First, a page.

The chapter gives a good account of the historiographical difficulties when dealing with these two figures and rightly points out that, perspectives will continue to shift over time. Currently it has to be agreed that Collins is somewhat mythologised while de Valera has been undermined; firstly by his association with the Catholic hierarchy and Archbishop McQuaid in particular, a subject which has not always been dealt with accurately, and secondly by the unsympathetic and often inaccurate portrayal of him in Neil Jordan’s movie.

Mansergh’s analysis on the success of Irish Independence is a bit aloof as he opines that partition is the only long lasting failure of Independence.  Many would disagree, particularly those survivors of the laundries and industrial schools.  The unhealthy obsession with female sexuality that led to incarceration, forced adoption and a plethora of state facilitated crimes against women and their children remains to this day an enduring failure and shame of Irish Independence.

Unionist leaders James Craig and Edward Carson in 1922.
Unionist leaders James Craig and Edward Carson in 1922.

The Dublin barrister Edward Carson, unlike Collins and de Valera is largely an unknown entity in popular history particularly south of the border.

Obviously he was the face of Ulster Unionism and the main opponent of Home Rule, apart from his role in the demise of Oscar Wilde, he remains relatively unknown.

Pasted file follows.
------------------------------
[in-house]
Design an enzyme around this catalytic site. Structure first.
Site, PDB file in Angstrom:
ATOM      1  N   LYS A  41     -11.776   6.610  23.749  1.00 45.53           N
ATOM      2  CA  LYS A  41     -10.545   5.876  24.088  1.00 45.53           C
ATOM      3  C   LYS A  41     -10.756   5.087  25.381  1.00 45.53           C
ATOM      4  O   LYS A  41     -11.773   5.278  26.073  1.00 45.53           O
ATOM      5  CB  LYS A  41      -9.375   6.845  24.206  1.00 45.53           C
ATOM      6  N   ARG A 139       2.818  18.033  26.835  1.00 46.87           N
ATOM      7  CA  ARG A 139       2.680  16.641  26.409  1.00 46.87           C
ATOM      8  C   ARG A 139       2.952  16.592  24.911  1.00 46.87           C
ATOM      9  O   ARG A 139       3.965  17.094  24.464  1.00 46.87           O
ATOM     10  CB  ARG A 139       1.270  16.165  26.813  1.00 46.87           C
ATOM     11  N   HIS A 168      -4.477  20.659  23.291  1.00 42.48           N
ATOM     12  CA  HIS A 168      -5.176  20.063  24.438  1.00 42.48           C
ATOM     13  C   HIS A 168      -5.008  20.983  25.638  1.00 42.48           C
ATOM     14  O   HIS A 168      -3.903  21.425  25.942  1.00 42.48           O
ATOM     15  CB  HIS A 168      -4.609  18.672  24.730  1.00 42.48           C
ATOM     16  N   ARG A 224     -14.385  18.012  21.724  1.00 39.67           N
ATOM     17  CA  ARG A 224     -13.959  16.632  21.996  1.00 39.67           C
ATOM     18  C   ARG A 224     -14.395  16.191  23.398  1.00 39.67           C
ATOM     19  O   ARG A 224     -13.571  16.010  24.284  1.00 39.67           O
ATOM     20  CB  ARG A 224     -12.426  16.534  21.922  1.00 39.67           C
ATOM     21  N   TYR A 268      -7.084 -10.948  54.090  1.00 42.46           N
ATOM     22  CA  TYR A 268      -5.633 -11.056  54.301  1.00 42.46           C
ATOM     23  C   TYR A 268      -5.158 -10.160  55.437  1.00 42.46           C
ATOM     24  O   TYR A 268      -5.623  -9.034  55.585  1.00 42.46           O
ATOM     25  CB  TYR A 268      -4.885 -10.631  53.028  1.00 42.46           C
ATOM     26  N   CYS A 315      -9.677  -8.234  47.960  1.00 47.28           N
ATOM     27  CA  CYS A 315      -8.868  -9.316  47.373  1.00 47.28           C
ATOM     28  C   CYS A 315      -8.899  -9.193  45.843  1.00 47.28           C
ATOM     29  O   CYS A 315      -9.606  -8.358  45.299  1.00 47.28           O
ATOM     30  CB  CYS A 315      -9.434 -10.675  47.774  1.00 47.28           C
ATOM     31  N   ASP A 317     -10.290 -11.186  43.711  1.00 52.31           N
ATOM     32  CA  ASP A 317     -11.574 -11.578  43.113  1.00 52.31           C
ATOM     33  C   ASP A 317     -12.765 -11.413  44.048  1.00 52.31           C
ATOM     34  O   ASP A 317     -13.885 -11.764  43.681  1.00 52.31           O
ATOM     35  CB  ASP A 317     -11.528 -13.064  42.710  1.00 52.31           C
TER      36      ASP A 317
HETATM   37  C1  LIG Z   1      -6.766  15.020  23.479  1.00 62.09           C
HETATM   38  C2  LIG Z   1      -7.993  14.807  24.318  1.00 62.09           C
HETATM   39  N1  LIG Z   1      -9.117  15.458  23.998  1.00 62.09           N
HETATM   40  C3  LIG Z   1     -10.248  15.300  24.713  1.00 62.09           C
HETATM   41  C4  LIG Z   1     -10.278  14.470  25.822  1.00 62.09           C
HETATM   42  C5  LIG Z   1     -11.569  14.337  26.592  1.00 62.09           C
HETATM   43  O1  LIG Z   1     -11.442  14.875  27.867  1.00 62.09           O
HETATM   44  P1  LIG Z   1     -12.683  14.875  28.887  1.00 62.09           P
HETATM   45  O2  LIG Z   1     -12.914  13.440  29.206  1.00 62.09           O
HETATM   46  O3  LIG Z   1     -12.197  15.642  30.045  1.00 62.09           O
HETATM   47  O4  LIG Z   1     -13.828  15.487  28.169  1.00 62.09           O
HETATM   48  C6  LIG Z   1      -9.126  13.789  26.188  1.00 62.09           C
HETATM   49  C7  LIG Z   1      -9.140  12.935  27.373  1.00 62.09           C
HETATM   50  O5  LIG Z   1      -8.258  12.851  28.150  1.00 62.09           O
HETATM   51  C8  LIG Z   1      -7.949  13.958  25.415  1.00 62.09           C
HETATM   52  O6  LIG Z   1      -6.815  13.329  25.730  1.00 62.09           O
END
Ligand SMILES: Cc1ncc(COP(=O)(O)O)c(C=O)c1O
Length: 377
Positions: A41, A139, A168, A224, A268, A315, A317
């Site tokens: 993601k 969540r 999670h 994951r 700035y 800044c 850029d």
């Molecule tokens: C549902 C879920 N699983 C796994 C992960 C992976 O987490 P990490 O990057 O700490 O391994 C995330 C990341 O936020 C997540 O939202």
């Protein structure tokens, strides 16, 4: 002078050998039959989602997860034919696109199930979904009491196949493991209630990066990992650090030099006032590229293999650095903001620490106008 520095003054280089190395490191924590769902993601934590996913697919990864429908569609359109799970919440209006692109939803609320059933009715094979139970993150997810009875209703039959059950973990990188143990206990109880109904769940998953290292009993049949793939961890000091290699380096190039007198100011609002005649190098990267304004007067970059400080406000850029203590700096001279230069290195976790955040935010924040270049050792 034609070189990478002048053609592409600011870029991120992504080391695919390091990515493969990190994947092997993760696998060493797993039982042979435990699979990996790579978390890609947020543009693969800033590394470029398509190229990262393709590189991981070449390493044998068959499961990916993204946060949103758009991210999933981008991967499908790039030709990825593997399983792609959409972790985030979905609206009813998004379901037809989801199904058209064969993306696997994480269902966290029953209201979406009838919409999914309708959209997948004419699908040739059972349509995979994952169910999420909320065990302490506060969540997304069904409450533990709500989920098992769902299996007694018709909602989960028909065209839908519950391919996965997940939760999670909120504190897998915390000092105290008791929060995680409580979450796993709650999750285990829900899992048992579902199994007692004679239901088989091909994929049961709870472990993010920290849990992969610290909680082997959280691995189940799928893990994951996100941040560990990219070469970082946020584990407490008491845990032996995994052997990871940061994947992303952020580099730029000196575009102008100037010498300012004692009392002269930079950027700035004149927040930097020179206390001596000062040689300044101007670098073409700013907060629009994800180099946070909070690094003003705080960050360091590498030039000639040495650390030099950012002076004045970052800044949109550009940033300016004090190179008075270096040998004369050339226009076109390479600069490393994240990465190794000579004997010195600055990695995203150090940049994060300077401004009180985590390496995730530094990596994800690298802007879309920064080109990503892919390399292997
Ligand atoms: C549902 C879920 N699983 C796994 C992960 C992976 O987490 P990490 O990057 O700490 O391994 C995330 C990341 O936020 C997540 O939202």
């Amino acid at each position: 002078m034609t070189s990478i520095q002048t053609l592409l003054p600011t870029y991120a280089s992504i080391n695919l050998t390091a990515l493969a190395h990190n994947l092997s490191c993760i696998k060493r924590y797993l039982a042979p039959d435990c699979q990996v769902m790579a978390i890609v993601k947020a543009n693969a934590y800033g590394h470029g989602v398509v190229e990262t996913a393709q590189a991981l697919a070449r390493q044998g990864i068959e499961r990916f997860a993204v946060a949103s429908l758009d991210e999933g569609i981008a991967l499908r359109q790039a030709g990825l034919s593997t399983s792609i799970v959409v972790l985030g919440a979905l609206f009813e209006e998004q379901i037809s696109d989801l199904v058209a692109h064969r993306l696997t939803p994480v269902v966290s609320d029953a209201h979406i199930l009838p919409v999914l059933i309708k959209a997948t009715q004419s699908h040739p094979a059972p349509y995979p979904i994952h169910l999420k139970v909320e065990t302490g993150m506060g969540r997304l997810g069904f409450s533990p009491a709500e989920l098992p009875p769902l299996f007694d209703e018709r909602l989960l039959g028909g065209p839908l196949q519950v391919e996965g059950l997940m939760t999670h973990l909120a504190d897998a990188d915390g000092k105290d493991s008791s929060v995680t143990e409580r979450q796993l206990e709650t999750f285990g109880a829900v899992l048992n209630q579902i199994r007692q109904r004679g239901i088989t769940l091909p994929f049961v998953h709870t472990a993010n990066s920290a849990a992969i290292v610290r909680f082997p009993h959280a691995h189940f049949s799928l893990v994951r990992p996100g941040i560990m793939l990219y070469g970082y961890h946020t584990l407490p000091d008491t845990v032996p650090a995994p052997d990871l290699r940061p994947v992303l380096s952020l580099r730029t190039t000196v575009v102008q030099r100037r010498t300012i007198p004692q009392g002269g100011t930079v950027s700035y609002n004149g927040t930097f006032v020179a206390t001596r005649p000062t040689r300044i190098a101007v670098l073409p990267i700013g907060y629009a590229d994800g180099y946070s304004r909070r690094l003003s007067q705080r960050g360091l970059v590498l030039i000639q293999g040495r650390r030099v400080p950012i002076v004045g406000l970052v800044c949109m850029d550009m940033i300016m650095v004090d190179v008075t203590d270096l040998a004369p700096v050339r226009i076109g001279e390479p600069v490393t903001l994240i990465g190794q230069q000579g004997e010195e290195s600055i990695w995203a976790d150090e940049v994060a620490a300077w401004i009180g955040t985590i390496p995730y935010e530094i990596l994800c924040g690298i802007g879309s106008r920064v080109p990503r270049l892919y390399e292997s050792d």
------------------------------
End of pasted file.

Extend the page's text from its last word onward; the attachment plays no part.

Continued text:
Here Eugenio Biagini, one of the books co editors follows in the footsteps of R.B. McDowelll in attempting to enlighten us. He discusses the role of religion in Carson’s motivation and corrects some of McDowell’s assumptions pointing out that independence was in fact not on the table when ulster unionism mobilised against home rule.

Contributors tackle subjects as diverse as reevaluating figures such as Collins, de Vlaera Pears and Carson, examining the role of women and tracing the fortunes of the Guinness family.

Daithí Ó Corráin’s subject is Archbishop William Joseph Walsh who perhaps personified the close ties between nationalism, agrarian struggle and Catholicism at the time of the rising.   Walsh aware of the dangers for the church if they condemned the political activity of their congregation tried to lend a degree of support to all popular struggle but falling short of support for radical or violent tactics.

Although he claimed to sympathise with the workers in the 1913 lockout, his actions spoke louder than his words.  It was Walsh’s intervention, which prevented the great act of solidarity from British trade union members who agreed to take in the children of their striking comrades.  Walsh, who was vociferous in his stance against partition and conscription, overtime moved away from politics toward education and religious concerns before his death 1921.

The figures of George Russell, D P Moran and Tom Kettle dealt with here by co editor Daniel Mulhall, are united according to Mulhall in ‘their concern for Ireland’s economic development’.  Kettle a nationalist and supporter of Ireland’s involvement in WWI saw himself as a European and justified his involvement in the war on those terms.

Moran’s influence was summed up by his characterisation of the new state as both Catholic and Gaelic.  Russell perhaps the more progressive of the three men was critical of what he perceived as the ‘introverted nationalism that had narrowed its focus with the advent of independence’.   These three men, all concerned with Irish independence, to a degree personify some of the divergent influences on the new state.